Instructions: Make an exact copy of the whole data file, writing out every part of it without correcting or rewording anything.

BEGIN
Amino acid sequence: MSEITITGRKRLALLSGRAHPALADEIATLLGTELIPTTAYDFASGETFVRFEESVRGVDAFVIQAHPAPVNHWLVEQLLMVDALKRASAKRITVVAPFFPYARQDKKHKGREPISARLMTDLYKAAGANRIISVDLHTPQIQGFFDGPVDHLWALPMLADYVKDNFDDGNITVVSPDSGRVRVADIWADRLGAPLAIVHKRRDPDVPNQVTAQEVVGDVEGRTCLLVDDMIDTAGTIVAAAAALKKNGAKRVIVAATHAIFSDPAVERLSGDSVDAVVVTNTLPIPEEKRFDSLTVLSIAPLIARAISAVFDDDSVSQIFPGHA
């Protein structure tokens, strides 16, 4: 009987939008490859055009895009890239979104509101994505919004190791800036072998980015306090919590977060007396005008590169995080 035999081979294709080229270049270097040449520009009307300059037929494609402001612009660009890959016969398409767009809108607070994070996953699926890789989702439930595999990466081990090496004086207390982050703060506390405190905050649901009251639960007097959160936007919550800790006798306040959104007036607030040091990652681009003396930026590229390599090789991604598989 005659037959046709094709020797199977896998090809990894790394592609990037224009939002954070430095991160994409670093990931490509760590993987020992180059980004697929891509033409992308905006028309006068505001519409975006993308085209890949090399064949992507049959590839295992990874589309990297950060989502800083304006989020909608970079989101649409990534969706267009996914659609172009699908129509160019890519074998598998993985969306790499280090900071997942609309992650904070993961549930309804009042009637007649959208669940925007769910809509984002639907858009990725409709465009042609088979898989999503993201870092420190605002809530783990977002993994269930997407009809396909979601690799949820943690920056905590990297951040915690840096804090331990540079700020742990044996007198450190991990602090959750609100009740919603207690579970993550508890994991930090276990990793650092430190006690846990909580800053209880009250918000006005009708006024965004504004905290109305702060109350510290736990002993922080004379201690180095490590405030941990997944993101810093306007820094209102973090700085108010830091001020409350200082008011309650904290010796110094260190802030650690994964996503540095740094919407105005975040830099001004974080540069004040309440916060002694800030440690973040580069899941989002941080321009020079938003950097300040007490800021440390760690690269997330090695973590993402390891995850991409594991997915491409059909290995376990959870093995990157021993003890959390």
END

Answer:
Amino acid sequence: MSEITITGRKRLALLSGRAHPALADEIATLLGTELIPTTAYDFASGETFVRFEESVRGVDAFVIQAHPAPVNHWLVEQLLMVDALKRASAKRITVVAPFFPYARQDKKHKGREPISARLMTDLYKAAGANRIISVDLHTPQIQGFFDGPVDHLWALPMLADYVKDNFDDGNITVVSPDSGRVRVADIWADRLGAPLAIVHKRRDPDVPNQVTAQEVVGDVEGRTCLLVDDMIDTAGTIVAAAAALKKNGAKRVIVAATHAIFSDPAVERLSGDSVDAVVVTNTLPIPEEKRFDSLTVLSIAPLIARAISAVFDDDSVSQIFPGHA
């Protein structure tokens, strides 16, 4: 009987939008490859055009895009890239979104509101994505919004190791800036072998980015306090919590977060007396005008590169995080 035999081979294709080229270049270097040449520009009307300059037929494609402001612009660009890959016969398409767009809108607070994070996953699926890789989702439930595999990466081990090496004086207390982050703060506390405190905050649901009251639960007097959160936007919550800790006798306040959104007036607030040091990652681009003396930026590229390599090789991604598989 005659037959046709094709020797199977896998090809990894790394592609990037224009939002954070430095991160994409670093990931490509760590993987020992180059980004697929891509033409992308905006028309006068505001519409975006993308085209890949090399064949992507049959590839295992990874589309990297950060989502800083304006989020909608970079989101649409990534969706267009996914659609172009699908129509160019890519074998598998993985969306790499280090900071997942609309992650904070993961549930309804009042009637007649959208669940925007769910809509984002639907858009990725409709465009042609088979898989999503993201870092420190605002809530783990977002993994269930997407009809396909979601690799949820943690920056905590990297951040915690840096804090331990540079700020742990044996007198450190991990602090959750609100009740919603207690579970993550508890994991930090276990990793650092430190006690846990909580800053209880009250918000006005009708006024965004504004905290109305702060109350510290736990002993922080004379201690180095490590405030941990997944993101810093306007820094209102973090700085108010830091001020409350200082008011309650904290010796110094260190802030650690994964996503540095740094919407105005975040830099001004974080540069004040309440916060002694800030440690973040580069899941989002941080321009020079938003950097300040007490800021440390760690690269997330090695973590993402390891995850991409594991997915491409059909290995376990959870093995990157021993003890959390």